As always, you’ll want to check your jurisdiction’s ethical rules with respect to recommendations and testimonials, and review any LinkedIn recommendations you receive before you post them to make sure that they do not contain prohibited language. If they do, you can always ask your client to revise the recommendation before you post it. And if your practice area doesn’t lend itself to client recommendations with a name attached, you can use these techniques to ask a client for a testimonial that you can post on your website without their name attached.

Be sure to follow up with a thank you after the client leaves you a recommendation!

For more LinkedIn video tips see below:

What to Post on LinkedIn (Part 1)

In my last video, we addressed some fears about posting on LinkedIn and ended with the idea that if you approach posting on LinkedIn as a way to help your audience, rather than a way simply to promote yourself it might be more comfortable for you.

But what, exactly, do you post? Well, keep your audience, their needs, wants, and problems, and challenges it becomes much easier. And if you already create your own content, it’s even easier.

For example, post the title and a link to your article, maybe with a short description or teaser question to add some interest for your audience.

Mention an important announcement or news item about you or your firm (this also can be a great cross-selling tool) or your clients.

Link to an event or industry conference you are attending (or simply include the fact of your attendance).

Announce a presentation you are giving and/or provide a link to a copy of your slides after a presentation (this is especially effective if you’ve uploaded your presentation to LinkedIn Slideshare).

Watch more LinkedIn videos here:

Upgrade Your LinkedIn Headline

Upgrade your LinkedIn Headline with these tips!

Hi, it’s Allison shields Johs from Legal Ease Consulting and today what I’d like to talk about is your Headline on LinkedIn.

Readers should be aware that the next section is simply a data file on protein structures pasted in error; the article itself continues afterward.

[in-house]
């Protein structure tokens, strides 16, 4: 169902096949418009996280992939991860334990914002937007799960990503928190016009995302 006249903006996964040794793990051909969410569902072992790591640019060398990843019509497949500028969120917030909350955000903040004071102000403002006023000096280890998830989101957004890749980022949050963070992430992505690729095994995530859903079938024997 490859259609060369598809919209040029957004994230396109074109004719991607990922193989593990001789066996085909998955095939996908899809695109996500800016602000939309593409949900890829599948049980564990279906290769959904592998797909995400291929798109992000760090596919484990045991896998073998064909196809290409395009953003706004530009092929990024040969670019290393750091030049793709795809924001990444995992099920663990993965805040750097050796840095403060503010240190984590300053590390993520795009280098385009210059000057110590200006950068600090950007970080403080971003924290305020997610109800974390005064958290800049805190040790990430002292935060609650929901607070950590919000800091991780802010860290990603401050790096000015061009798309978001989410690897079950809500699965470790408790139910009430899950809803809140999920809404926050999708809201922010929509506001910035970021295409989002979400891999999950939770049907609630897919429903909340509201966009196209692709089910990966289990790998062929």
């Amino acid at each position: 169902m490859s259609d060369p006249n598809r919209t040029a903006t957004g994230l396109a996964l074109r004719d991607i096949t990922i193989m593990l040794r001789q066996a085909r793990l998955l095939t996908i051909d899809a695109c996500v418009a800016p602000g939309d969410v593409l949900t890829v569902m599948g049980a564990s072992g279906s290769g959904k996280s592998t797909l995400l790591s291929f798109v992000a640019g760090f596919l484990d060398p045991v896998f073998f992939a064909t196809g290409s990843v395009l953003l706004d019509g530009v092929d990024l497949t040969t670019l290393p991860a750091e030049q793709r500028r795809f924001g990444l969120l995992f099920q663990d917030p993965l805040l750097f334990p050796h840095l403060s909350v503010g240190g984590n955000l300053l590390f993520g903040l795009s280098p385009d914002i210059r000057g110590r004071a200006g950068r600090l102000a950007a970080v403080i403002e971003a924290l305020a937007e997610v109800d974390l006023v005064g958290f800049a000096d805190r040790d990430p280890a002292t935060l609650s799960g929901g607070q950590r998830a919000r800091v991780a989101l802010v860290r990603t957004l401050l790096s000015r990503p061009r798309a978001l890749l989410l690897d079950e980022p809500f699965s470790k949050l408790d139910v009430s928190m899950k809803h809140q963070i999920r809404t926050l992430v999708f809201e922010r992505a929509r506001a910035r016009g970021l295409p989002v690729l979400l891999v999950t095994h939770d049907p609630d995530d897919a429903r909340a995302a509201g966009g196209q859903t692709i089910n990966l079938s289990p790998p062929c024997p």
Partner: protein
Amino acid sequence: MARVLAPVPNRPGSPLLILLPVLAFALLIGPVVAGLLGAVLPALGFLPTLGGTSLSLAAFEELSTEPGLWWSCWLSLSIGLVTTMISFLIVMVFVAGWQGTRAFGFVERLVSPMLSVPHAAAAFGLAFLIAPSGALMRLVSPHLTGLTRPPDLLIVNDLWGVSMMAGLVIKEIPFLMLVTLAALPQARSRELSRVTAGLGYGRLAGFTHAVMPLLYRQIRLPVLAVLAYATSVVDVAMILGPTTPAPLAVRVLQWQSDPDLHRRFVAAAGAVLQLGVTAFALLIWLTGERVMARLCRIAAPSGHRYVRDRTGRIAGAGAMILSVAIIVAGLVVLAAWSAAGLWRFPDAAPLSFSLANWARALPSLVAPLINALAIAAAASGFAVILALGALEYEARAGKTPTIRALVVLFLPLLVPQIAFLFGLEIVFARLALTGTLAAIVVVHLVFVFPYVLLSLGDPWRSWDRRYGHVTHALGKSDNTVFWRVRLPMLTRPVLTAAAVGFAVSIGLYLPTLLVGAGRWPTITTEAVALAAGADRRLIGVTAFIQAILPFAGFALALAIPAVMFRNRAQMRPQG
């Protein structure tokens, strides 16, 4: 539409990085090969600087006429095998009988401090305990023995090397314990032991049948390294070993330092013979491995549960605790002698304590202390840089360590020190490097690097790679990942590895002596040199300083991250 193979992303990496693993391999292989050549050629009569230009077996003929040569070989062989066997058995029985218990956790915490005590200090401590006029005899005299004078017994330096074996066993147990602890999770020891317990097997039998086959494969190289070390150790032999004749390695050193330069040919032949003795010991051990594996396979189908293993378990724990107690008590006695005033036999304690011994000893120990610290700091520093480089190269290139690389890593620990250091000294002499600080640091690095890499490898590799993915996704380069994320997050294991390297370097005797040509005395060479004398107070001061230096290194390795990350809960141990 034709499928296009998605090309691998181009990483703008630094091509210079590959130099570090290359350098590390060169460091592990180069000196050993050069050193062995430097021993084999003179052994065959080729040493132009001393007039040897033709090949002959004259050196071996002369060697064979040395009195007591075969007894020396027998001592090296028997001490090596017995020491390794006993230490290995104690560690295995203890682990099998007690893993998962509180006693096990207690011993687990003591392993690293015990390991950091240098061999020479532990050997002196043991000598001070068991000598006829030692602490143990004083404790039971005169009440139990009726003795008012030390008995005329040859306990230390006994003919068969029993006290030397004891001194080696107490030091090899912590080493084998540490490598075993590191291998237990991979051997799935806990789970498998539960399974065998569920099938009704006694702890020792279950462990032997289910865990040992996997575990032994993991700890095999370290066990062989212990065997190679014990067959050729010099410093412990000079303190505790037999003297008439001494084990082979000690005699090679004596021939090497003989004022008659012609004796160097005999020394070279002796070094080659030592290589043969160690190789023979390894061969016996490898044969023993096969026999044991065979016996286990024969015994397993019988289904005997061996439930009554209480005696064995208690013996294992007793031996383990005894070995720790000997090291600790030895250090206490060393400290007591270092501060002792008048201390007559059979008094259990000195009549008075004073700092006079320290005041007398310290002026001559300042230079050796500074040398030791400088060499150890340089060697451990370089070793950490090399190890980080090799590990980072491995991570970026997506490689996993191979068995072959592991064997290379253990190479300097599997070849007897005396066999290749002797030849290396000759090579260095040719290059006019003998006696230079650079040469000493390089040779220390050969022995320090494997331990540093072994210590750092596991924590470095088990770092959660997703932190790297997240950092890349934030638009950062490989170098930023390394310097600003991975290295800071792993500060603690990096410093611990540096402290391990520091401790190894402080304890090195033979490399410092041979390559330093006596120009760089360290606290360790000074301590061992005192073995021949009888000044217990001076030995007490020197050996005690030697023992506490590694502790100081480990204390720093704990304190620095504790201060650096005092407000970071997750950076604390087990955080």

I find a lot of lawyers make mistakes when they put together their LinkedIn Profile, particularly with respect to the headline. The headline is the line that appears directly below your name on LinkedIn, and oftentimes when people first encounter you on LinkedIn, they’re only seeing your name, your photo, and that headline. So you want to make sure your headline is descriptive enough to get your audience to take action.

For example, if you send somebody an invitation to connect with you on LinkedIn, all they’re going to see initially is your invitation, with your name, your photo and your headline. Your headline should be descriptive enough that either the person that you’re trying to connect with will click over to view your entire profile, or just from your headline, they’ll see that you’re somebody that they want to connect with. And they’ll click that Accept button.

The same thing happens if you show up in someone’s results for “People You May Know” on LinkedIn. A lot of people use that feature to build out their linkedIn connections. But if your headline isn’t descriptive enough, they may pass you right by and not bother to either click through to see your full Profile or send you that invitaion to connect.

So how can you improve your headline on LinkedIn?

Don’t make the mistake of just using your title. Make sure that you’re thinking about who it is that you want to make connections with on LinkedIn. Don’t forget that it’s not just clients. LinkedIn is a networking platform.

Who is it that you want to connect with? Who are the business people that could refer you business? Or maybe you want to connect with people who are going to reach out to you as an expert to get a quote. What is it that those people need to know about you.? Add that to your headline.

Make sure that you’re very descriptive. You have 120 characters on LinkedIn to create your Headline. There’s a lot of room there. One thing I would suggest is adding your firm name. A lot of times that gives you immediate cachet.

Next, make sure that your Headline includes your practice area. If someone is looking for a divorce lawyer and the search results reveal two different lawyers and one’s Headline says divorce lawyer or matrimonial lawyer and the other’s just says lawyer, chances are the person with the more descriptive headline is the one who’s going to get the click and the connection, and maybe even the potential business or that media opportunity. So make sure that you add that practice area or other descriptors that would explain to people what it is that you do.

Make sure you headline also creates some curiosity and interest; try not to make it too flat. Use the keywords that your potential clients might use to search for somebody like you.

Take five minutes today, review your headline on LinkedIn and make some improvements.